The magic of mystery in your writing.

Here at the Write Stuff, we see a lot of leads that try to do too much. But as the weeks go by, we’re noticing more students who’ve discovered the magic of mystery.

Rather than cramming every theme and angle into the first graf, students use seductive sentences that lure readers to find out more.

Check these out:

The window of Zaytoons looked decidedly unadorned. (Christopher Schuetze)

Trina Pietz and Alecia Gersh layered on the same shade of lipstick, donned turquoise sequined tops, teased their hair, put on identical black pumps and marched out on stage. (Megan Finnegan)

Water doesn’t trickle down from the right basin of Jeanette Davis’ sink – it pours. (Alana Casanova-Burgess)

He picked the wrong park to play in. (Jessica Simeone)

What do you notice about these leads? They’re simple subject-verb sentences. They use active verbs. Most importantly, they create a whiff of mystery. They make us read on. They reward us with stories that fulfill the promise of their opening sentences. Check them out: Schuetze, Finnegan, Casanova-Burgess, Simeone.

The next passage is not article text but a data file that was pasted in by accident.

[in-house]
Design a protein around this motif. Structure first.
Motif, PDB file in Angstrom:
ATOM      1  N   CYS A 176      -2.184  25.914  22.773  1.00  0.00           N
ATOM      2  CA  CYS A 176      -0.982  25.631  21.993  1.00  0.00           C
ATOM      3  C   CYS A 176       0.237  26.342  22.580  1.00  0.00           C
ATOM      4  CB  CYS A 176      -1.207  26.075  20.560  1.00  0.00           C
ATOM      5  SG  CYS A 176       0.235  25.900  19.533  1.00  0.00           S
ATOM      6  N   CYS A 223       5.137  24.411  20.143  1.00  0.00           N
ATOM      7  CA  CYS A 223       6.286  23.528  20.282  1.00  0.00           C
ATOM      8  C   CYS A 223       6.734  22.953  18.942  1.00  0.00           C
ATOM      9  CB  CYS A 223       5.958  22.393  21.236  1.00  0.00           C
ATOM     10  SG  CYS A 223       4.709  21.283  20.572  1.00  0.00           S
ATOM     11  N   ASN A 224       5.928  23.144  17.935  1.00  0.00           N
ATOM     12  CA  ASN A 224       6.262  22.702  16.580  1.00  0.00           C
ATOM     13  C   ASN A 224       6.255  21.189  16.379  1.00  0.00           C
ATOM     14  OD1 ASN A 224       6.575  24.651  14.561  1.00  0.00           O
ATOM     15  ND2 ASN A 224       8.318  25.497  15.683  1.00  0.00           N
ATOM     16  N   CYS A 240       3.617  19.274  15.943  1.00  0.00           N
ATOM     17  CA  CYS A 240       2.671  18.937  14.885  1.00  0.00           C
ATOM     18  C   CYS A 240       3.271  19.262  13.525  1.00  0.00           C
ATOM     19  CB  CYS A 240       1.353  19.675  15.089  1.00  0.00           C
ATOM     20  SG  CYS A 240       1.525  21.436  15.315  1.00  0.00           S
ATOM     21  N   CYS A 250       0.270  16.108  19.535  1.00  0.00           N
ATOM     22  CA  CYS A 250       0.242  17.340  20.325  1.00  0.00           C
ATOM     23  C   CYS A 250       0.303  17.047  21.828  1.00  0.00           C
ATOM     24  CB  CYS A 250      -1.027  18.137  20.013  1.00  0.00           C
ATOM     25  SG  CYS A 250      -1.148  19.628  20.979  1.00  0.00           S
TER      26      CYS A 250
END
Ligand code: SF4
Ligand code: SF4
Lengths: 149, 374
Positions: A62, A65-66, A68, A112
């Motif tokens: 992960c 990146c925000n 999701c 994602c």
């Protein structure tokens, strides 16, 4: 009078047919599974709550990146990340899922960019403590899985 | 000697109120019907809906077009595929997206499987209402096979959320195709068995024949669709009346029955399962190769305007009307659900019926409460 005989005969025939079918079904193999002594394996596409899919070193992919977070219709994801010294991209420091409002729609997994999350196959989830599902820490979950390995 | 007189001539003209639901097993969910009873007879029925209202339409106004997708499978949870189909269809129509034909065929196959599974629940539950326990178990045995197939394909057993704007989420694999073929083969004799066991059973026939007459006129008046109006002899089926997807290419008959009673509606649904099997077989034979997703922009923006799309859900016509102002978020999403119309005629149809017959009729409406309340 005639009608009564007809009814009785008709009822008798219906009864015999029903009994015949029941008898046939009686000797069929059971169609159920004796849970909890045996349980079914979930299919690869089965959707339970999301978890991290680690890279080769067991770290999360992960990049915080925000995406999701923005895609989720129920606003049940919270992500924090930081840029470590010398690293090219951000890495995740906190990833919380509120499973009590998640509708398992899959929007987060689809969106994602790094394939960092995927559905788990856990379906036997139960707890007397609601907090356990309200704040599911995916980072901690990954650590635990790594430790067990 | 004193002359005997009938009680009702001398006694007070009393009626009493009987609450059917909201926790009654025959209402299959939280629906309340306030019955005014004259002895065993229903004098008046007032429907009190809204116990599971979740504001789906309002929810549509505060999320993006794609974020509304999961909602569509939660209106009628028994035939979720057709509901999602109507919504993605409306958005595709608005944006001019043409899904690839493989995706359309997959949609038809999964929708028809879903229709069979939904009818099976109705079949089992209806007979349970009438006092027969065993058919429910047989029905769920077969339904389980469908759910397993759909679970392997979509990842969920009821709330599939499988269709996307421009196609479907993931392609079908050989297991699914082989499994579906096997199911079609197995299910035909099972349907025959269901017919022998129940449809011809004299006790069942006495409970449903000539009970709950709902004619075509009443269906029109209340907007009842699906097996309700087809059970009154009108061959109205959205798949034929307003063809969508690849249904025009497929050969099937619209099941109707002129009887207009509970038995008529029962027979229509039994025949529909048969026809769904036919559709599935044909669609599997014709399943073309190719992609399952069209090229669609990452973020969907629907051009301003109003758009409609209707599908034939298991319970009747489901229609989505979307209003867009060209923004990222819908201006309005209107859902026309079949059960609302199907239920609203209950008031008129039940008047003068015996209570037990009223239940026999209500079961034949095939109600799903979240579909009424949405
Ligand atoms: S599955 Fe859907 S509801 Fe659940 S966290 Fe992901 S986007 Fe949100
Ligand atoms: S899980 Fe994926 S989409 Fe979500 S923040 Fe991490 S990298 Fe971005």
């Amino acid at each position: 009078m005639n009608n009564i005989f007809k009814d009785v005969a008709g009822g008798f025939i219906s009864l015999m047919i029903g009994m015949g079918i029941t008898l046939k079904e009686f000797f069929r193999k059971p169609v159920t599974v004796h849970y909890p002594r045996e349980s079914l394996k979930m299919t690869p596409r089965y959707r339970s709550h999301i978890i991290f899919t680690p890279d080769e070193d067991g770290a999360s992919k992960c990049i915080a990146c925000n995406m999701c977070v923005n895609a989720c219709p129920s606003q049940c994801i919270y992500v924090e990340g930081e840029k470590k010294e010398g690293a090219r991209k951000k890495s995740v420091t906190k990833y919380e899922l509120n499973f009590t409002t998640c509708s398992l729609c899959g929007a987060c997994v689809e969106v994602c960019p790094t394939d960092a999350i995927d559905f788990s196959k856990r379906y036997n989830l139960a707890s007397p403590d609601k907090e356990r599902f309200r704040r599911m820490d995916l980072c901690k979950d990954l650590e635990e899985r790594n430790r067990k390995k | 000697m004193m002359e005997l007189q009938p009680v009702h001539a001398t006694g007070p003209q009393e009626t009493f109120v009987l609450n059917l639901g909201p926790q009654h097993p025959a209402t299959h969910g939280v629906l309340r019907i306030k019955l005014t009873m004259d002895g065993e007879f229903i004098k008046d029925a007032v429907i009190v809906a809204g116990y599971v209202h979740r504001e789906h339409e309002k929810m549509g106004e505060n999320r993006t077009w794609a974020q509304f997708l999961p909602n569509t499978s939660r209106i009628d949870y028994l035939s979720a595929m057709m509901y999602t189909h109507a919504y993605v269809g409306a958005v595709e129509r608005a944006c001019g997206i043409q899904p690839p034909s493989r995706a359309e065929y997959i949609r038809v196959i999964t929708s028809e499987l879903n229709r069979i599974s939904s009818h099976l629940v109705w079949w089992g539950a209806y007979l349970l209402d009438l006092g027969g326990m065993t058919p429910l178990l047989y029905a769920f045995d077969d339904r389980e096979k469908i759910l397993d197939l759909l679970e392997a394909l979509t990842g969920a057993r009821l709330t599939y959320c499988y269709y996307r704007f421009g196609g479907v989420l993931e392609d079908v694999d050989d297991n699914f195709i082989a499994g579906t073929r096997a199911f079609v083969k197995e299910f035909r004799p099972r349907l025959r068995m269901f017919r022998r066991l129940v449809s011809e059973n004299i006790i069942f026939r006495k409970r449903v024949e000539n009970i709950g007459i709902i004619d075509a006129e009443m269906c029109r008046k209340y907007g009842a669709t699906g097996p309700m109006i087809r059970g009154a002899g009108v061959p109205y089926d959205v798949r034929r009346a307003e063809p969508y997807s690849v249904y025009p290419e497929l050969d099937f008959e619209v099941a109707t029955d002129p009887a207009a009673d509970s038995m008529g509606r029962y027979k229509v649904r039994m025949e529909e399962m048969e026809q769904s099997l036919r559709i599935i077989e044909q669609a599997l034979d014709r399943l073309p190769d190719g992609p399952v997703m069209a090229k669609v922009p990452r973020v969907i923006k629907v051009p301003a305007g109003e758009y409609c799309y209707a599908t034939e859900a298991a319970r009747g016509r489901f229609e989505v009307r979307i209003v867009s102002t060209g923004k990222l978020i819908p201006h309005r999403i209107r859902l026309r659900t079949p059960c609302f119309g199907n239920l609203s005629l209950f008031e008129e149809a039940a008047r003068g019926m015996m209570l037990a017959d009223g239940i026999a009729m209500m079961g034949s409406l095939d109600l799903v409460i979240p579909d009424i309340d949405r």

It’s a technique, says writing coach Chip Scanlan of the Poynter Institute, that works for both mystery writers and smart journalists. Here’s an irresistible example Scanlan cited from a crime story in the Charlotte (N.C.) Observer:

Three bodies, two counties, one case, no suspects.

Like Scanlan says in his book, “Reporting and Writing: Basics  for the 21st Century,” news consumers don’t have the patience to wait a long time for the answers. But it’s the mystery that worked its magic on them in the first place.

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